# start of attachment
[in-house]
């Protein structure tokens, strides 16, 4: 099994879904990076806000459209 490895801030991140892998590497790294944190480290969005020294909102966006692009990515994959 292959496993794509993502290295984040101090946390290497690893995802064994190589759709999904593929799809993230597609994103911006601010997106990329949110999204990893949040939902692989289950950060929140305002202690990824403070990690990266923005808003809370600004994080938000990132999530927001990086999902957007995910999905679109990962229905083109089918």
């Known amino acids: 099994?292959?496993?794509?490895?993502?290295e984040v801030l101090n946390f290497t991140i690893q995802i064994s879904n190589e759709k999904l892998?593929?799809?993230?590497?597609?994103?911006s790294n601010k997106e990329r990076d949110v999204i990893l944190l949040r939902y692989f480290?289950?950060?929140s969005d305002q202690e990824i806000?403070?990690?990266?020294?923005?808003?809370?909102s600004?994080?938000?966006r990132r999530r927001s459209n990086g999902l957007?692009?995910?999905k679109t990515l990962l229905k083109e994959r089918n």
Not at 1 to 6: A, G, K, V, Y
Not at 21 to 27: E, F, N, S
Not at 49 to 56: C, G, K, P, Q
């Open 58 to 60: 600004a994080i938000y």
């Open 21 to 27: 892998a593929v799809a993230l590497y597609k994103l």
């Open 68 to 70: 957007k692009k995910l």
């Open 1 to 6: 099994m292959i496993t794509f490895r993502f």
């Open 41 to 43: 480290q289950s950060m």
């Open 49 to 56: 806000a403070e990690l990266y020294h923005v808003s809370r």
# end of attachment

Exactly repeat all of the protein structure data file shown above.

[in-house]
């Protein structure tokens, strides 16, 4: 099994879904990076806000459209 490895801030991140892998590497790294944190480290969005020294909102966006692009990515994959 292959496993794509993502290295984040101090946390290497690893995802064994190589759709999904593929799809993230597609994103911006601010997106990329949110999204990893949040939902692989289950950060929140305002202690990824403070990690990266923005808003809370600004994080938000990132999530927001990086999902957007995910999905679109990962229905083109089918």
């Known amino acids: 099994?292959?496993?794509?490895?993502?290295e984040v801030l101090n946390f290497t991140i690893q995802i064994s879904n190589e759709k999904l892998?593929?799809?993230?590497?597609?994103?911006s790294n601010k997106e990329r990076d949110v999204i990893l944190l949040r939902y692989f480290?289950?950060?929140s969005d305002q202690e990824i806000?403070?990690?990266?020294?923005?808003?809370?909102s600004?994080?938000?966006r990132r999530r927001s459209n990086g999902l957007?692009?995910?999905k679109t990515l990962l229905k083109e994959r089918n």
Not at 1 to 6: A, G, K, V, Y
Not at 21 to 27: E, F, N, S
Not at 49 to 56: C, G, K, P, Q
């Open 58 to 60: 600004a994080i938000y």
């Open 21 to 27: 892998a593929v799809a993230l590497y597609k994103l």
């Open 68 to 70: 957007k692009k995910l």
């Open 1 to 6: 099994m292959i496993t794509f490895r993502f």
């Open 41 to 43: 480290q289950s950060m």
């Open 49 to 56: 806000a403070e990690l990266y020294h923005v808003s809370r």